Kate Davies, James E. McLaren

Destabilisation of T cell-dependent humoral immunity in sepsis

  • General Medicine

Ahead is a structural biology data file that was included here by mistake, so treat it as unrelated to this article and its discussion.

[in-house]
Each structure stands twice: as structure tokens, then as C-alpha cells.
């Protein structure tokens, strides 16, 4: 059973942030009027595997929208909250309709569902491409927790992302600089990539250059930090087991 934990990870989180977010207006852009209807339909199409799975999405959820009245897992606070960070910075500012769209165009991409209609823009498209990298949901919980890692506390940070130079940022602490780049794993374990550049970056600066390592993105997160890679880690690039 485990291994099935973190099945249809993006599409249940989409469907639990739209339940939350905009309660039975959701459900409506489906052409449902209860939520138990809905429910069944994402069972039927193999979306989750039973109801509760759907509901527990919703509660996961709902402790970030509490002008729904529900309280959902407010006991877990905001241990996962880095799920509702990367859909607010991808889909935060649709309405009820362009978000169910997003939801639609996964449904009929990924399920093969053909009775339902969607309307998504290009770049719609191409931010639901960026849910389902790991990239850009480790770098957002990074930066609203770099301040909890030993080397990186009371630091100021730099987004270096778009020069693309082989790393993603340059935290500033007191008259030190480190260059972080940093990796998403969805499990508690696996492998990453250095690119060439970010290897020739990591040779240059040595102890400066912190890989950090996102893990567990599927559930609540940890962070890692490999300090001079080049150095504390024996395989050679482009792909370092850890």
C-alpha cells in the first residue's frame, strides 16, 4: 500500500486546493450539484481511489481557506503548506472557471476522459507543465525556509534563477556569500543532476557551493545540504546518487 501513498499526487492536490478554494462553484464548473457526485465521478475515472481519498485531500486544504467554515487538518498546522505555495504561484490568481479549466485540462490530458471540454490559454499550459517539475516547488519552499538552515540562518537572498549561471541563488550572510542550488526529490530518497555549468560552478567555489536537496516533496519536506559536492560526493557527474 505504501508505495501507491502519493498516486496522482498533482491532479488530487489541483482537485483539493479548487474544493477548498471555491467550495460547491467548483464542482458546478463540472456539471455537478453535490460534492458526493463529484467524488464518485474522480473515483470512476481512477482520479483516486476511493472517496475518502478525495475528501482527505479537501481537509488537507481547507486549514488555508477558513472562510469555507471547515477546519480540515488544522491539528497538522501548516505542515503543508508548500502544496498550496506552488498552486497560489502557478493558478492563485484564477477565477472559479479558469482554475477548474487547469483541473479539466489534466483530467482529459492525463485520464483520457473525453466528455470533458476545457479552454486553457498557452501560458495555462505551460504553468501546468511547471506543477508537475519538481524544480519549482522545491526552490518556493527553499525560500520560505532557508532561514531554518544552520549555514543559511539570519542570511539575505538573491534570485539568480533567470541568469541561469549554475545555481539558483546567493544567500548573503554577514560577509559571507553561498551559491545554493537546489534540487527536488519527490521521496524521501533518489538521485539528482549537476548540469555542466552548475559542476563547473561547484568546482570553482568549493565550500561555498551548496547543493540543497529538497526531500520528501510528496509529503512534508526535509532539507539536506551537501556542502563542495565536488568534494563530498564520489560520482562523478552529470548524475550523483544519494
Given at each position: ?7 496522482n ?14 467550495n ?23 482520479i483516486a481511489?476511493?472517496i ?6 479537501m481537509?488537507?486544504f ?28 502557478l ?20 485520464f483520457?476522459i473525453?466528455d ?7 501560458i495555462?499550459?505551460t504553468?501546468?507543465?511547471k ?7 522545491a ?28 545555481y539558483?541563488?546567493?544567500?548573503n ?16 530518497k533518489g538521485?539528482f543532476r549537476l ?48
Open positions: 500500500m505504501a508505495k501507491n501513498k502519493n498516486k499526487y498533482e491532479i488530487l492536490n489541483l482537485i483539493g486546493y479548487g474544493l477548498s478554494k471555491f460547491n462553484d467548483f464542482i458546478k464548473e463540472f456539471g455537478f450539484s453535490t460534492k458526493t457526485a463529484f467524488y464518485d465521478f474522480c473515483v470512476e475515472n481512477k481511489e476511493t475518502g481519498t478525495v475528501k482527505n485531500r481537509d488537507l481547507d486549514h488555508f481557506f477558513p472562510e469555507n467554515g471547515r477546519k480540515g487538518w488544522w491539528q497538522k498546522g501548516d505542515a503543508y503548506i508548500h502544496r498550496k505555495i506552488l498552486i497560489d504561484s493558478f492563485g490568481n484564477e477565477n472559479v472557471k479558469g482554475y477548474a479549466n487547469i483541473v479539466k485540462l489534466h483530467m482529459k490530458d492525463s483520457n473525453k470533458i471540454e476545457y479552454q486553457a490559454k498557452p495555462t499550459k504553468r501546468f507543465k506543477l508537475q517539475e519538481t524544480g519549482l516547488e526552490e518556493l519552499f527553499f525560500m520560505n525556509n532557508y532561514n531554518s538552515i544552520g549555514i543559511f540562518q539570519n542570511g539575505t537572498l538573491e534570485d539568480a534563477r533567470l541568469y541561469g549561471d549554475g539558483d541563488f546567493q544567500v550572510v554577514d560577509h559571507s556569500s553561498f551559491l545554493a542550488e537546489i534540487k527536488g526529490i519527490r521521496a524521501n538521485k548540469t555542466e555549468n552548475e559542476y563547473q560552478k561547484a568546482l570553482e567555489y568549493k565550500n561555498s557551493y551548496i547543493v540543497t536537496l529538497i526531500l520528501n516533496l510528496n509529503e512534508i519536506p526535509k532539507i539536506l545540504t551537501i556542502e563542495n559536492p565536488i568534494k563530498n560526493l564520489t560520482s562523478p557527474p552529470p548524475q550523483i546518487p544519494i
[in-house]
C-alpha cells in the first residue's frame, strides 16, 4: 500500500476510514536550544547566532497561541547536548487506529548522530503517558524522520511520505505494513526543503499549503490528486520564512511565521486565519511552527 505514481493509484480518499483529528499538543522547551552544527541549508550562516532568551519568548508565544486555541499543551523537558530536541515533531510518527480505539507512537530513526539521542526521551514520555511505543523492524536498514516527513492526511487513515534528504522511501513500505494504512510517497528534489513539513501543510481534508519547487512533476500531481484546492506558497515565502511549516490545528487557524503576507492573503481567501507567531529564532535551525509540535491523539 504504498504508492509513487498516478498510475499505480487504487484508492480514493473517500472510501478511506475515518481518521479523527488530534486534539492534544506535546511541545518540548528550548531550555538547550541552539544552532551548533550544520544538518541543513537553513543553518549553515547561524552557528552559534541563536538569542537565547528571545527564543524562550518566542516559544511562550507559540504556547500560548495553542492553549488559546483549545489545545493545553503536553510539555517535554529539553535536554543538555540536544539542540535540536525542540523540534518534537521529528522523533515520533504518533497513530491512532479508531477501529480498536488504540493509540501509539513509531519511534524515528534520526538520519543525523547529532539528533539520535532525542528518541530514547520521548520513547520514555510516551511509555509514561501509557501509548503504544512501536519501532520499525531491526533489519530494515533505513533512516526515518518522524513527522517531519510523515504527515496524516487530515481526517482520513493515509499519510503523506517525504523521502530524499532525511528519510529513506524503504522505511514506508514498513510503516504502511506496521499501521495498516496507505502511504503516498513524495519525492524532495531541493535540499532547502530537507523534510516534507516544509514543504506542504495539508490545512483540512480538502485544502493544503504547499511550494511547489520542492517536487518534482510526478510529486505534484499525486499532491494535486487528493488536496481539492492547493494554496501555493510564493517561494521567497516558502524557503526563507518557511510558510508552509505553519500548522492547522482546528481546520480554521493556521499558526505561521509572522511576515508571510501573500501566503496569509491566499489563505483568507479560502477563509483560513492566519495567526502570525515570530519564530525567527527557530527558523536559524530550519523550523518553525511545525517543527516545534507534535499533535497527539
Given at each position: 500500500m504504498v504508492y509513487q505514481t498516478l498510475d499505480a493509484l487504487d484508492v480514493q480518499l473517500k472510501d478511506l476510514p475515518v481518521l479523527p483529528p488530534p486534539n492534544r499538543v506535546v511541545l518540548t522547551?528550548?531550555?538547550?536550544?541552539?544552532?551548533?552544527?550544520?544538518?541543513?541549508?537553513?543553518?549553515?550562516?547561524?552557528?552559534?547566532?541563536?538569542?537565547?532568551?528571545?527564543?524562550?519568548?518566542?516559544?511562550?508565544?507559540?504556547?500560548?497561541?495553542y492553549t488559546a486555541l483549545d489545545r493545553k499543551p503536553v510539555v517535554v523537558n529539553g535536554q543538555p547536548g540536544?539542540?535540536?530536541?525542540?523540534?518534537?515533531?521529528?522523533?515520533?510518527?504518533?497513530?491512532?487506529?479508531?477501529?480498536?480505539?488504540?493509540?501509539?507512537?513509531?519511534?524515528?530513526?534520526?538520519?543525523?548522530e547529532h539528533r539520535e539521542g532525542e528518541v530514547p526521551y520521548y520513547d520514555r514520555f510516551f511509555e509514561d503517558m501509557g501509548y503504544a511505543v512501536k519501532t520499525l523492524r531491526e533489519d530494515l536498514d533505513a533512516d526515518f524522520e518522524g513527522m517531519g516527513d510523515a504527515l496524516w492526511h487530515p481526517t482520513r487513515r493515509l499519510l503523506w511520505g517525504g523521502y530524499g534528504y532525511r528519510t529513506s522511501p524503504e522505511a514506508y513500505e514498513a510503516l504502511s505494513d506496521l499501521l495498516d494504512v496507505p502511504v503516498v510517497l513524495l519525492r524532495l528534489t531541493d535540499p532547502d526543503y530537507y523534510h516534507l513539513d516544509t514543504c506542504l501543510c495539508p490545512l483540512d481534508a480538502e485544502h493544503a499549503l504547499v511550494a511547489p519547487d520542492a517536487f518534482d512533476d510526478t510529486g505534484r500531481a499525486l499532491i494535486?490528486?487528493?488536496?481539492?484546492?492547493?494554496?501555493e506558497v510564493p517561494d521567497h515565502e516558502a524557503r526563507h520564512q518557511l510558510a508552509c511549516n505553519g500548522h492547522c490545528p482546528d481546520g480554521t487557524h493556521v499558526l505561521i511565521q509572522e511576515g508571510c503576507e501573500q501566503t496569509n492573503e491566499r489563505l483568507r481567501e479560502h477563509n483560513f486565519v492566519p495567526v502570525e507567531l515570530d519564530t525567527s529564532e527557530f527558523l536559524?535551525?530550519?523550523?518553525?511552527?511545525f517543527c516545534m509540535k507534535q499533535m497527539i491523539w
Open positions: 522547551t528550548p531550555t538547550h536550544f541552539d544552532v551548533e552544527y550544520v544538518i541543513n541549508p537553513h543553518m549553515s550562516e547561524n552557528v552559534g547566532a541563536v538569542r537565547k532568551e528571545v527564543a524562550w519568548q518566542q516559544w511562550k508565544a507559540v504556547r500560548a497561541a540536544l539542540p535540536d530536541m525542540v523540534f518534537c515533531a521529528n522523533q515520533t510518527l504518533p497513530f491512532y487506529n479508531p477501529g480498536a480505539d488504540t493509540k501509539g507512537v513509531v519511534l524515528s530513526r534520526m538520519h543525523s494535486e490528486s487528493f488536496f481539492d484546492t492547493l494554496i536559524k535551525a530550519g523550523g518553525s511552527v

Abstract Sepsis is a heterogeneous condition defined as life-threatening organ dysfunction caused by a dysregulated host response to infection. For some, sepsis presents as a predominantly suppressive disorder, whilst others experience a pro-inflammatory condition which can culminate in a ‘cytokine storm’. Frequently, patients experience signs of concurrent hyper-inflammation and immunosuppression, underpinning the difficulty in directing effective treatment. Although intensive care unit mortality rates have improved in recent years, one-third of discharged patients die within the following year. Half of post-sepsis deaths are due to exacerbation of pre-existing conditions, whilst half are due to complications arising from a deteriorated immune system. It has been suggested that the intense and dysregulated response to infection may induce irreversible metabolic reprogramming in immune cells. As a critical arm of immune protection in vertebrates, alterations to the adaptive immune system can have devastating repercussions. Indeed, a marked depletion of lymphocytes is observed in sepsis, correlating with increased rates of mortality. Such sepsis-induced lymphopenia has profound consequences on how T cells respond to infection but equally on the humoral immune response that is both elicited by B cells and supported by distinct CD4+ T follicular helper (TFH) cell subsets. The immunosuppressive state is further exacerbated by functional impairments to the remaining lymphocyte population, including the presence of cells expressing dysfunctional or exhausted phenotypes. This review will specifically focus on how sepsis destabilises the adaptive immune system, with a closer examination on how B cells and CD4+ TFH cells are affected by sepsis and the corresponding impact on humoral immunity.

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